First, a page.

WASHINGTON — The oldest Republican in the Senate tested positive for it. The oldest member of the House was hospitalized with it. And several more lawmakers have announced they have either been diagnosed with the coronavirus or are quarantining after exposure to it, in what is threatening to become a minioutbreak on Capitol Hill that has already disrupted the business of Congress.
Sen. Charles E. Grassley, R-Iowa, 87, on Tuesday became the latest lawmaker to be affected, announcing that he had tested positive. His absence helped to temporarily derail the confirmation of President Donald Trump’s nominee for the Federal Reserve Board and shattered Grassley’s pride and joy, the longest consecutive voting streak in Senate history.
His diagnosis came the day after Rep. Don Young, R-Alaska, also 87, disclosed that he had been hospitalized over the weekend after what he described as a particularly brutal bout with COVID-19. The twin announcements from two men whose gender and age put them at peak vulnerability to being killed by the virus underscored the risks that lawmakers are operating under as Congress continues to meet.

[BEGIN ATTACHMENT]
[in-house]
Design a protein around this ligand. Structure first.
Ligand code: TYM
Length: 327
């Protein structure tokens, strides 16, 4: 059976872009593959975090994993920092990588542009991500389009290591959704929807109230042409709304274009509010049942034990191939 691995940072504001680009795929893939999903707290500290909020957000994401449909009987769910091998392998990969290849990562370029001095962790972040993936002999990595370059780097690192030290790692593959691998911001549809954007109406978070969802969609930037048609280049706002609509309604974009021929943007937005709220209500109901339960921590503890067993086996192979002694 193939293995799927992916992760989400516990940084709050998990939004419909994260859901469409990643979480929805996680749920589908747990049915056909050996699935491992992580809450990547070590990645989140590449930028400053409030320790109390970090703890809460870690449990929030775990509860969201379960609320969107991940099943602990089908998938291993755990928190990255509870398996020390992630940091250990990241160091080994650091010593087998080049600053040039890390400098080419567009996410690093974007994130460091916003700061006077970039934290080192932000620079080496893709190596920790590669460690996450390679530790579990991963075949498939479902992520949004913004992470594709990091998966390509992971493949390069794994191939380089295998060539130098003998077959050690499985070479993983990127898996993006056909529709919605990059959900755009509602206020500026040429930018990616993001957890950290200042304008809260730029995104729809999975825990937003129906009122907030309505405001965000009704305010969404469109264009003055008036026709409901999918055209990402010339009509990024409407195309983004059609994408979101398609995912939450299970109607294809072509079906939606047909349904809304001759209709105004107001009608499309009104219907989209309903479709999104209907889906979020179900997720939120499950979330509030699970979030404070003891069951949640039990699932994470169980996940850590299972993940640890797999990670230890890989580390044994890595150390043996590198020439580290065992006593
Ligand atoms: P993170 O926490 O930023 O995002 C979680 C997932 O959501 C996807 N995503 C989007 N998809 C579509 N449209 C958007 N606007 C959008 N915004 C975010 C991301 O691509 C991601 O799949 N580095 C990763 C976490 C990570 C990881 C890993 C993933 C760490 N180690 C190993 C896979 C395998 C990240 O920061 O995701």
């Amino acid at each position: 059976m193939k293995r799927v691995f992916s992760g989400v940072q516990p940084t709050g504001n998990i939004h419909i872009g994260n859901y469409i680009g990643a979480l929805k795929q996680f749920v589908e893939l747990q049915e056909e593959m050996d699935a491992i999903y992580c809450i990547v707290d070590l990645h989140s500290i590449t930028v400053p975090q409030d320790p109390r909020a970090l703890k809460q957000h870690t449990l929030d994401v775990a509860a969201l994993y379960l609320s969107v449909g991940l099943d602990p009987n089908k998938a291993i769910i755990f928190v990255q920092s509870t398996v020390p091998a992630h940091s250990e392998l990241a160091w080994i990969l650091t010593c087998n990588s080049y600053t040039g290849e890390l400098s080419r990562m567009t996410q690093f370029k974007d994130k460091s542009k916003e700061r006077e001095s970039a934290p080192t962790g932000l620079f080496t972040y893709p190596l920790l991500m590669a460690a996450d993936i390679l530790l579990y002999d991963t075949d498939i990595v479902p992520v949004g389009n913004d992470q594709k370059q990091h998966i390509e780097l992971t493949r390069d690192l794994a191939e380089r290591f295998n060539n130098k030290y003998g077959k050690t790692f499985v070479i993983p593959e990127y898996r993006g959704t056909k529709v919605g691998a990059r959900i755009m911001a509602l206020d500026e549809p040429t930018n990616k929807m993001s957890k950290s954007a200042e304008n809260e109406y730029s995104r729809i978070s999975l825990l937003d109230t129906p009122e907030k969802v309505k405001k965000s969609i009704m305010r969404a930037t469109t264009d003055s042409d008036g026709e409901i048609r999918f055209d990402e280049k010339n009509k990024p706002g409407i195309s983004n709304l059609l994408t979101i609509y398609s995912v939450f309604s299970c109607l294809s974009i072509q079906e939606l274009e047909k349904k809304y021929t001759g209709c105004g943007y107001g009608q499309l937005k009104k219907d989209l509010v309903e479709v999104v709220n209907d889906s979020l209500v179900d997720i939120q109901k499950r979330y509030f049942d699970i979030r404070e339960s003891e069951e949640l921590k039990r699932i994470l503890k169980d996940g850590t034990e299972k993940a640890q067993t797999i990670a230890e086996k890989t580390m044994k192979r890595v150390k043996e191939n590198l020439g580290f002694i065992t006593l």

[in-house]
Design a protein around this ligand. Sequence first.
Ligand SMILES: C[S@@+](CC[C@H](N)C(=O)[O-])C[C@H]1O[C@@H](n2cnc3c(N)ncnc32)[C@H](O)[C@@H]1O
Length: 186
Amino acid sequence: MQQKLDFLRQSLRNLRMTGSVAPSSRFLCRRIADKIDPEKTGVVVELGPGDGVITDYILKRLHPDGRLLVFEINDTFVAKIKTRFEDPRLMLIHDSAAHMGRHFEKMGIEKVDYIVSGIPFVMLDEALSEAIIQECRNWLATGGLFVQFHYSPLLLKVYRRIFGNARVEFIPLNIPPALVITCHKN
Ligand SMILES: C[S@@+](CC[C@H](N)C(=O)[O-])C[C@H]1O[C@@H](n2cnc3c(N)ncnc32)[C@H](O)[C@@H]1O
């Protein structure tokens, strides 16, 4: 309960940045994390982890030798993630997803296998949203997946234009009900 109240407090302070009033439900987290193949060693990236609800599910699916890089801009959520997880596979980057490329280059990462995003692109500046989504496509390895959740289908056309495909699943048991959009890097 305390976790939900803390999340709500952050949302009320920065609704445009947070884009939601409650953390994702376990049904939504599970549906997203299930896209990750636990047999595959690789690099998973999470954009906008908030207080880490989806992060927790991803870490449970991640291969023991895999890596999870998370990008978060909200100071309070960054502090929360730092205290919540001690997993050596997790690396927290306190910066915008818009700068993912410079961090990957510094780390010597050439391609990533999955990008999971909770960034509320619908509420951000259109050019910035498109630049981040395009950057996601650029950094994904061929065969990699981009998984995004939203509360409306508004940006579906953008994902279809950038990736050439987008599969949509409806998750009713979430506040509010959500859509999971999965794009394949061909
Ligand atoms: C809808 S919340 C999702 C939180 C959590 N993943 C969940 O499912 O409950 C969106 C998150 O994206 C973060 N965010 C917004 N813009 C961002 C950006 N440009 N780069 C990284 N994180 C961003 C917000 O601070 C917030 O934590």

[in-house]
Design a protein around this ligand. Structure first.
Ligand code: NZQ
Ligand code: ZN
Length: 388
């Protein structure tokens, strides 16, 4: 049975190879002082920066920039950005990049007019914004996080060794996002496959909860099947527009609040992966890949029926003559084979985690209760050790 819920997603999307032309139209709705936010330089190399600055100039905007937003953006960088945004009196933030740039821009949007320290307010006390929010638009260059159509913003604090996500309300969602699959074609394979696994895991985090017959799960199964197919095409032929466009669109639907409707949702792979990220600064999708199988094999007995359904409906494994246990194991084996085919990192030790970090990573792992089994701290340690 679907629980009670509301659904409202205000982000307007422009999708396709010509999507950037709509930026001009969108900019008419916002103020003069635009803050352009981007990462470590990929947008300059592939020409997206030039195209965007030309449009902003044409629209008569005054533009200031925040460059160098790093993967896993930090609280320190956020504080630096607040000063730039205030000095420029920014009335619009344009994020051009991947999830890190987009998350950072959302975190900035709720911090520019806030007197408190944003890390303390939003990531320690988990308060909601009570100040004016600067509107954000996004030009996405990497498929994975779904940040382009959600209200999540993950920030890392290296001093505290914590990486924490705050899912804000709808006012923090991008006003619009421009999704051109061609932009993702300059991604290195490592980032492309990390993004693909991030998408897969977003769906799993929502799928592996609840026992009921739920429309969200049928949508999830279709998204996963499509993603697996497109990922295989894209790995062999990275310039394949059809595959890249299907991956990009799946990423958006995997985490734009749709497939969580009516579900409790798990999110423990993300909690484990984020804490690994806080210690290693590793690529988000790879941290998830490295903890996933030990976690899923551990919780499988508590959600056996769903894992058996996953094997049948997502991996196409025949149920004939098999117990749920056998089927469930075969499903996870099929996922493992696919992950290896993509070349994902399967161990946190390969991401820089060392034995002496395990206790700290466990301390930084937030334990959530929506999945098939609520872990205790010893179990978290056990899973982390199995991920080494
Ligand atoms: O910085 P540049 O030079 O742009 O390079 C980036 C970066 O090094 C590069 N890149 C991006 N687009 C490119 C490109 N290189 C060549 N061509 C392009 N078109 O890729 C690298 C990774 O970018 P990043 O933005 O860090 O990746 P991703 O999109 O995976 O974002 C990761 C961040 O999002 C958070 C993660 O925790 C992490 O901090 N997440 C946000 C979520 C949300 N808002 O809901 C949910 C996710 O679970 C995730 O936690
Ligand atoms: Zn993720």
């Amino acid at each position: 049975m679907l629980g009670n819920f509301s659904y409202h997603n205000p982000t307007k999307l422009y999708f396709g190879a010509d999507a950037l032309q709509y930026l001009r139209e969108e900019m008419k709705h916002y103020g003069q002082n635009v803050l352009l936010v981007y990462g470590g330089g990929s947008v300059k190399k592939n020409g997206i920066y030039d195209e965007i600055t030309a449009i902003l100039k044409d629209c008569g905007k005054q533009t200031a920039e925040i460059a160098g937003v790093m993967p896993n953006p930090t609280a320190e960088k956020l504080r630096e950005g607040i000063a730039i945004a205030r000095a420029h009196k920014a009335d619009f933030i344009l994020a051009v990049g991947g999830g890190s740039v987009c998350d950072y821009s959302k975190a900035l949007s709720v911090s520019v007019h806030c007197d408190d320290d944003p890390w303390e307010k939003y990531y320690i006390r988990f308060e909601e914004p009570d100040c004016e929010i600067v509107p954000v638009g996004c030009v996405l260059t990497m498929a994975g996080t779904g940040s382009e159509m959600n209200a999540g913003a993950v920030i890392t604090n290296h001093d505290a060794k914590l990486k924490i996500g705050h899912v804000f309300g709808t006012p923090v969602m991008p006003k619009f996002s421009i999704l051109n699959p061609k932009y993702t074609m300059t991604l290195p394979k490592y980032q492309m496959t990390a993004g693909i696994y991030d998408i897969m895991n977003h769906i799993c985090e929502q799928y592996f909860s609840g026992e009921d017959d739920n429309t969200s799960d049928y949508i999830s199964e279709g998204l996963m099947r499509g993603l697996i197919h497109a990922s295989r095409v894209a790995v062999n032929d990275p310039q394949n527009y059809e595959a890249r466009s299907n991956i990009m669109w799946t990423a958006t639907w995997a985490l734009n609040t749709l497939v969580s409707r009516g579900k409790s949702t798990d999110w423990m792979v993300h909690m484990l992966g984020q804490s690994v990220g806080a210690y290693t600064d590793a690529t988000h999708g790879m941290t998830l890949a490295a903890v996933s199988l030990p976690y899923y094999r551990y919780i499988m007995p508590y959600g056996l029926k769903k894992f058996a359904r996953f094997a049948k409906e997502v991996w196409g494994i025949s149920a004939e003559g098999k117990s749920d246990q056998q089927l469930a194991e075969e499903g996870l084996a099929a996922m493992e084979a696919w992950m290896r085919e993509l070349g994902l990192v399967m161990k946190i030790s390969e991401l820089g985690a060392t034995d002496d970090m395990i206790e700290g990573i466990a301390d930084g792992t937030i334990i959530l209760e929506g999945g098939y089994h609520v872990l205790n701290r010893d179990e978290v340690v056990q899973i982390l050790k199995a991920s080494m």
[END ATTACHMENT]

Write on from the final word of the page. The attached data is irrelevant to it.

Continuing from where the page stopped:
The marble-and-stone petri dish that is Capitol Hill is a vivid microcosm of the national struggle to confront and contain the spread of the pandemic, with partisan bickering often thwarting already unevenly enforced health precautions. Having effectively declared themselves essential workers, the nation’s lawmakers — a group of older Americans whose jobs involve weekly flights, ample indoor contact and near-constant congregating in close quarters — are yet again struggling to adapt their legislative and ceremonial routines to stem the spread of the virus, even as it rages within their ranks.
As of Tuesday afternoon, both Sen. Rick Scott, R-Fla., and Grassley were in quarantine as a result of possible exposure, marking the first time Grassley had missed a vote since 1993. In the House, Young — who noted on Monday that he was “alive, feeling better and on the road to recovery” after being discharged — is among four lawmakers who have revealed they contracted the virus in the past month.